The Tragic Death Of Rock Journalist Patricia Kennealy-Morrison

Patricia Kennealy-Morrison, partner of the late Jim Morrison, has died. She was 75 years old, according to People.

Her death was confirmed on the Facebook page for Lizard Queen Press, a publishing company she founded, per People. She died on July 23, according to the statement, and her cause of death is unknown at the time of this writing. "To all of you who have supported our beloved Lizard Queen, I wanted to let you know that she passed this morning," the statement read. "Her family announced it on Patricia's page. To say we are all reeling from the news is an understatement. We will miss our friend very very much. She was a beautiful soul, a talented writer, and a loving and wonderful friend." The page welcomed fans to share their "tributes and farewells" before taking down the page in two weeks.

Born in Brooklyn, Patricia grew up on Long Island, N.Y. and attended St. Bonaventure University to study journalism, per The New York Times. She later transferred to Harpur College (known today as SUNY Binghamton) and learned about rock music, which scored her a job at Jazz & Pop magazine in 1968. Her coverage of rock music eventually led her to Jim Morrison of The Doors. Keep reading for more details on her life with the musician.

Patricia Kennealy-Morrison and Jim Morrison were made for each other

You could say it was love at first sight for Patricia Kennealy-Morrison and Jim Morrison. When she interviewed the rocker in 1969, there was "a visible shower of bright blue sparks flying in all directions" after they shook hands, as she detailed in her 1992 memoir, "Strange Days: My Life With and Without Jim Morrison" (via The New York Times).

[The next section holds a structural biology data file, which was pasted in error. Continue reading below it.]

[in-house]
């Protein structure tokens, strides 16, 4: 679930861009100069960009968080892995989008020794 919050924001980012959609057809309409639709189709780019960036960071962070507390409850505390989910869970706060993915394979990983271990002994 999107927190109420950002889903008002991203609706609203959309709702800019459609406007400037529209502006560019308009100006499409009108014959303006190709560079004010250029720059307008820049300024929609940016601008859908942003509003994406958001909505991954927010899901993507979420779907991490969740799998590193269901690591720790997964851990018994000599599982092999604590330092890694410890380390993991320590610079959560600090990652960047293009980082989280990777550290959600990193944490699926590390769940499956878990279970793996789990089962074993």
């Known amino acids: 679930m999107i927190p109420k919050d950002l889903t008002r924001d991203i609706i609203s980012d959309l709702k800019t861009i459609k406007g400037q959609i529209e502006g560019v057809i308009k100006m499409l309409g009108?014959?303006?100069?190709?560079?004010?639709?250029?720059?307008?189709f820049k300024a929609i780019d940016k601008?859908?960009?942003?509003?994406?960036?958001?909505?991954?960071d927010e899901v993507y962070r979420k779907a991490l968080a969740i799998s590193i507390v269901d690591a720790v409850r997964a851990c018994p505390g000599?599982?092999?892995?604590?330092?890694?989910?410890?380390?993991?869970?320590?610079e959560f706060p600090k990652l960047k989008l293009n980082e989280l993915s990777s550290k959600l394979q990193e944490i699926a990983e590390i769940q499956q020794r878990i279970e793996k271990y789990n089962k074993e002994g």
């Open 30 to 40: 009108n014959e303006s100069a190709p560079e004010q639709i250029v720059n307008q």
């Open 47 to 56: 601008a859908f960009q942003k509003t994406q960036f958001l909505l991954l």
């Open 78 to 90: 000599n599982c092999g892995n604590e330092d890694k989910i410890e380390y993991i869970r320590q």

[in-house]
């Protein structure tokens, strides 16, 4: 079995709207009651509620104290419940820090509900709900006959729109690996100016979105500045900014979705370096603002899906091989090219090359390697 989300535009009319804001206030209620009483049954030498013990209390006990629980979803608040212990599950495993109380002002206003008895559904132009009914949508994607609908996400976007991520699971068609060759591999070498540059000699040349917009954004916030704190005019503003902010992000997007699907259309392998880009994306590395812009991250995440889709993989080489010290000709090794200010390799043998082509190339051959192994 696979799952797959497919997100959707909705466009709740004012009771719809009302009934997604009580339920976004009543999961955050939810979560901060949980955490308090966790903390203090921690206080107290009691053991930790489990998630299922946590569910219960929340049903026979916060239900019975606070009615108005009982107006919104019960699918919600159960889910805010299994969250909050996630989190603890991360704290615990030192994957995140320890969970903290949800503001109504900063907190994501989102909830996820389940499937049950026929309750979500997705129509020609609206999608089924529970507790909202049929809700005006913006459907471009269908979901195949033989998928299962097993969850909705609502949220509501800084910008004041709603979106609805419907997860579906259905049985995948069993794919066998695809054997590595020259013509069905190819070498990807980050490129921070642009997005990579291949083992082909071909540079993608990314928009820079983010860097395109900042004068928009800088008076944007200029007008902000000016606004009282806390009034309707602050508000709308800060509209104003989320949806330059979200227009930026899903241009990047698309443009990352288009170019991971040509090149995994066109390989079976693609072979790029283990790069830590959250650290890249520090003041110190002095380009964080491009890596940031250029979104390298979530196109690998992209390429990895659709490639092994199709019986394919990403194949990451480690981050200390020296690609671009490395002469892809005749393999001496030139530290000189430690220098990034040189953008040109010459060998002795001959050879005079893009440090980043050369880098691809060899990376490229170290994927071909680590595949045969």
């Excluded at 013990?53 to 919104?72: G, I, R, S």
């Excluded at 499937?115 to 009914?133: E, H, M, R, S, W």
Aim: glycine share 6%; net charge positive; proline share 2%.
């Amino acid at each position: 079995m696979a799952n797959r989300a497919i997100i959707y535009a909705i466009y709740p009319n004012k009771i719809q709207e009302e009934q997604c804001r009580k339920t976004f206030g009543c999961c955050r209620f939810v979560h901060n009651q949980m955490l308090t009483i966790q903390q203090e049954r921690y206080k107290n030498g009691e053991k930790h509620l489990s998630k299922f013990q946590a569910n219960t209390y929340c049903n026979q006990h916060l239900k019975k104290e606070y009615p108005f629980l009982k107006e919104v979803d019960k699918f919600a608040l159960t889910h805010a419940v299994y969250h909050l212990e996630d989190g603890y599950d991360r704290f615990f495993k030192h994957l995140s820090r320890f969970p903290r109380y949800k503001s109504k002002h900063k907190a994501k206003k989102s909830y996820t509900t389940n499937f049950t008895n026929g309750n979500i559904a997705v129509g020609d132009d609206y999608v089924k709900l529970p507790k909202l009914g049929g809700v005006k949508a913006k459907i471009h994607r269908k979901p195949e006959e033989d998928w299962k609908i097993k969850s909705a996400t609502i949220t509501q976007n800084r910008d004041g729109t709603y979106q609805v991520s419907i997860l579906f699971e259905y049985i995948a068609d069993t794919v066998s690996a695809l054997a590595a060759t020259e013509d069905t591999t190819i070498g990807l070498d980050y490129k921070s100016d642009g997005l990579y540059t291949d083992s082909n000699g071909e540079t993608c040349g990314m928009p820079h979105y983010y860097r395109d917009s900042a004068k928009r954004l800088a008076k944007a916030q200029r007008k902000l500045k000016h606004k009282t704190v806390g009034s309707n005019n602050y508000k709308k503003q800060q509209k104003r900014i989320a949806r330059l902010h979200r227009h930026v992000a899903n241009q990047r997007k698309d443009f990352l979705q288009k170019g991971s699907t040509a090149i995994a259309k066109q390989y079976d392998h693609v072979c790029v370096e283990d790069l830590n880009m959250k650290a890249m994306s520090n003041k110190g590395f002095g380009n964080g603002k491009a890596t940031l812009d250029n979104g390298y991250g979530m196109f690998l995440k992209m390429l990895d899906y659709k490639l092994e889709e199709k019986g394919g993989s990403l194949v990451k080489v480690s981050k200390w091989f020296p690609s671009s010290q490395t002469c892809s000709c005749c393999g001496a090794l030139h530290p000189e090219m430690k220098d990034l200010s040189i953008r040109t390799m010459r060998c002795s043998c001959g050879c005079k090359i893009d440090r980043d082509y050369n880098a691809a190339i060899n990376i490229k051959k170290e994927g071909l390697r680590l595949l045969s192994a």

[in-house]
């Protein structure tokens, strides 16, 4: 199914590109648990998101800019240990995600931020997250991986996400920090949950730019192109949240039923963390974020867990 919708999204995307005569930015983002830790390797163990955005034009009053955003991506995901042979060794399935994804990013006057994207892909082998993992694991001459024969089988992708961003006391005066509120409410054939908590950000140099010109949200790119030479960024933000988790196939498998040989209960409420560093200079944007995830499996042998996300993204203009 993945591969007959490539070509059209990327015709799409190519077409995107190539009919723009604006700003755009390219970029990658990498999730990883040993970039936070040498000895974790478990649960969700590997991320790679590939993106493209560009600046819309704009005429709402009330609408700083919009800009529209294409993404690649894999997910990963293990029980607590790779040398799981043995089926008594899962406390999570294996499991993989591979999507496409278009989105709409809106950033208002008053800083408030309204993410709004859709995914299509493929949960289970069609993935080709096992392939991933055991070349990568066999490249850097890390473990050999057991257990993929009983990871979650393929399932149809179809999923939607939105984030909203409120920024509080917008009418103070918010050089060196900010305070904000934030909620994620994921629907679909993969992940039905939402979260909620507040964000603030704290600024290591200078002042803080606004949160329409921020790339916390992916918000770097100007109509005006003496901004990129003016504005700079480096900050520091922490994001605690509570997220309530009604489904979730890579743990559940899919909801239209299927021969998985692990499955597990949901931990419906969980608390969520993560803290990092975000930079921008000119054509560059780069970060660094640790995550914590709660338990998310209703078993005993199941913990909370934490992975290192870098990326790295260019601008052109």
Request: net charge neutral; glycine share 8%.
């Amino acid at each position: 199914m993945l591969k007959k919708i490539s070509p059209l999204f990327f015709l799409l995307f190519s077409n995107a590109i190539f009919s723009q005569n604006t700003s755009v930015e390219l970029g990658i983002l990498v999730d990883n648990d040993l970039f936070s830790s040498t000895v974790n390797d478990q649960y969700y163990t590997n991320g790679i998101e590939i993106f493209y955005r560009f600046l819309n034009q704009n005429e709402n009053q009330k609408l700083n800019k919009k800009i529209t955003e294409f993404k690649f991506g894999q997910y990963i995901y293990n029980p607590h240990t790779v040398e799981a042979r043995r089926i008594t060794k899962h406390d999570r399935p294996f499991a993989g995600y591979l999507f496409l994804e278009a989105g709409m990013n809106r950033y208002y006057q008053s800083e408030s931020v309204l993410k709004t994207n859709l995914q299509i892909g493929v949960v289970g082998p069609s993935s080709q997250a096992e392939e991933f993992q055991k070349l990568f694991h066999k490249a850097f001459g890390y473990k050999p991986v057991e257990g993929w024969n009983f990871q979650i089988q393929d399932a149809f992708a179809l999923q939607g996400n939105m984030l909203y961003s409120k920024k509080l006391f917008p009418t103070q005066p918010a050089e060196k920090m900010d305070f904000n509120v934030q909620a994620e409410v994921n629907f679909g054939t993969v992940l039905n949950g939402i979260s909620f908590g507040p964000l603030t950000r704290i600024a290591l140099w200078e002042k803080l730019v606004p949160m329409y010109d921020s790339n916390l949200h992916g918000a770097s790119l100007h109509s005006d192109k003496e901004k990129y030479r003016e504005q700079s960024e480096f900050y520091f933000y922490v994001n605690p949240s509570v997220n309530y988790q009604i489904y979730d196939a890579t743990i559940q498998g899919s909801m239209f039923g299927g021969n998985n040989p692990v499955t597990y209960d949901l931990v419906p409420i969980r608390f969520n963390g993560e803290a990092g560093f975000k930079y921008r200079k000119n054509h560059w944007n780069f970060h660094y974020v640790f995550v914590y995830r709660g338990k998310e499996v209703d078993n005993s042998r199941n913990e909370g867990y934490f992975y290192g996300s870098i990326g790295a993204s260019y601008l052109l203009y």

Patricia "practiced Celtic paganism" and in 1970, she and Jim made their love official with a "handfasting ceremony," per The New York Times. The ceremony was portrayed in the 1991 Oliver Stone film "The Doors," but Patricia did not have the best things to say about it, per the outlet. Val Kilmer starred as Morrison and Kathleen Quinlan played Patricia, while Patricia even played a Wicca priestess presiding over the ceremony. But Patricia said the movie "misrepresented" Jim and "trivialized the ceremony," and "did not give enough prominence to her relationship with Morrison," per NYT.

After Jim died in July 1971 (via People), Patricia worked in advertising at RCA and Columbia Records, according to the Los Angeles Times. She also wrote science fiction and rock 'n roll mystery books. Carla DeSantis Black, one of her peers in the rock journalism scene, will clearly miss her. "She had a very kind heart and if you were fortunate enough to be on the list of people she trusted you could do no wrong," she told the LA Times.